- 1. There is the reference to the "neighbors" (Luke 1:58, 65 -- same root word, handled differently by the translators).
- 2. There is the reference to the "hill country of Judaea".
- a. This "hill country" business...
- 1) Luke, alone in all of the New Testament, mentions "the hill country".
- 2) The other reference is 1:39 where we are told that Mary hastily went there.
- 3) There is a deliberate omission of the name of a town in every referece to Zacharias and Elizabeth that is remarkable in contrast to the very deliberate mention of Nazareth of Galilee in Mary's case (why didn't he write "...to Hebron in Judea...", or some such?).
- 4) There are two possibilities for the mention of "the hill country".
- a) It could be that Luke is simply identifying the geographical location -- which would boil down to meaning almost nothing.
- b) It could be that Luke is deliberately pulling up an Old Testament theme regarding the significance of "the hill country".
- i. In Psalm 121:1, there is a deliberate linkage between "the hill country" and Yahweh as the place/Person from whence my "help" shall come.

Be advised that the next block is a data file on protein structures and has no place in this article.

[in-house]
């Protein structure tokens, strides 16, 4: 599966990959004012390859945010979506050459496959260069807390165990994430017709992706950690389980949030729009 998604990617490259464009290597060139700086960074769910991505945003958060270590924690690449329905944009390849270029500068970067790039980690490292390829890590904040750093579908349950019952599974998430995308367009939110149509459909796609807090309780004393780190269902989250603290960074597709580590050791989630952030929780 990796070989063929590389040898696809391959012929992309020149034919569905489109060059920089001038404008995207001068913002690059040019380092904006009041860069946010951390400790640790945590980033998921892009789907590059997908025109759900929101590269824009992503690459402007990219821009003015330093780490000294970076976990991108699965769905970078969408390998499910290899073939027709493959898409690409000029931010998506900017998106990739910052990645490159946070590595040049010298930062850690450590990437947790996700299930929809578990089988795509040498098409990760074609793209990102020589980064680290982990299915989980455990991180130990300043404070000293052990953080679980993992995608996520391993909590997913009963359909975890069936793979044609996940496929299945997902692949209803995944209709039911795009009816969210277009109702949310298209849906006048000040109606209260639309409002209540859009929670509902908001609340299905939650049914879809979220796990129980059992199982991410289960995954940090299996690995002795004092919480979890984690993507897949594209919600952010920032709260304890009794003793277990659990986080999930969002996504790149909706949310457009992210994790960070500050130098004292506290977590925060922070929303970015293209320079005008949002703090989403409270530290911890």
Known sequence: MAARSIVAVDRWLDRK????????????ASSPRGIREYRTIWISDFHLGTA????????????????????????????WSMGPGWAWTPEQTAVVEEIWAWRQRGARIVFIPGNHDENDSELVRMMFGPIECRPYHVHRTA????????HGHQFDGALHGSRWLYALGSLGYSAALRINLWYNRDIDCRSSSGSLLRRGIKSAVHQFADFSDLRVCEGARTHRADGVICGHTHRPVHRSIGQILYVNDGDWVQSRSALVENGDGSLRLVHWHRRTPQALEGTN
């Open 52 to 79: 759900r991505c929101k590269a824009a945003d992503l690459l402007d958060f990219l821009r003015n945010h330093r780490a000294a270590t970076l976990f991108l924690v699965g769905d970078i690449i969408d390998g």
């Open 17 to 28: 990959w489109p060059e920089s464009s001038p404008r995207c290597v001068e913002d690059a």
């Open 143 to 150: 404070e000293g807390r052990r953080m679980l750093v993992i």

- ii. It is unlikely that it is mere coincidence that both the forerunner and the "Lord" before Whom he runs are from the "hill country" and that the name of the forerunner means "the Lord (before Whom I run) is Gracious" and that the name of the Lord before whom he runs means "Yahweh saves" (functions as my Helper).
- b. The sum of this theme is this: those whom the Gracious Helper helps are very valuable in His eyes.
- B. There is the matter of the connection between the hill country and Judaea.
- 1. In 1:39 Luke tells us Mary went to a "city of Judah".
- 2. In 1:65 Luke tells us that those most affected by the birth events were in the hill country of Judaea.
- 3. There is a deliberate switch here from the rarely used (in the New Testament) Judah and the often used (in the New Testament) Judaea. Why?
- a. The reference to Judah is a reference to the man after whom the Tribe of Judah is named.
- 1) The name means "Praise".
- 2) The name was given by a woman whose personal attitude development is traceable according to the births of her sons according to Genesis 29-30.
- 3) The man was officially identified as the progenitor of the Christ.
- b. The context of "Judah" is clear: the issue of the question of the value one has.
- 1) Leah had been struggling with her lack of value in the eyes of her husband.
- 2) She recognized Yahweh as the source of her sons in compensation for her lack of love from her husband -- i.e. Yahweh loved her even if her husband did not.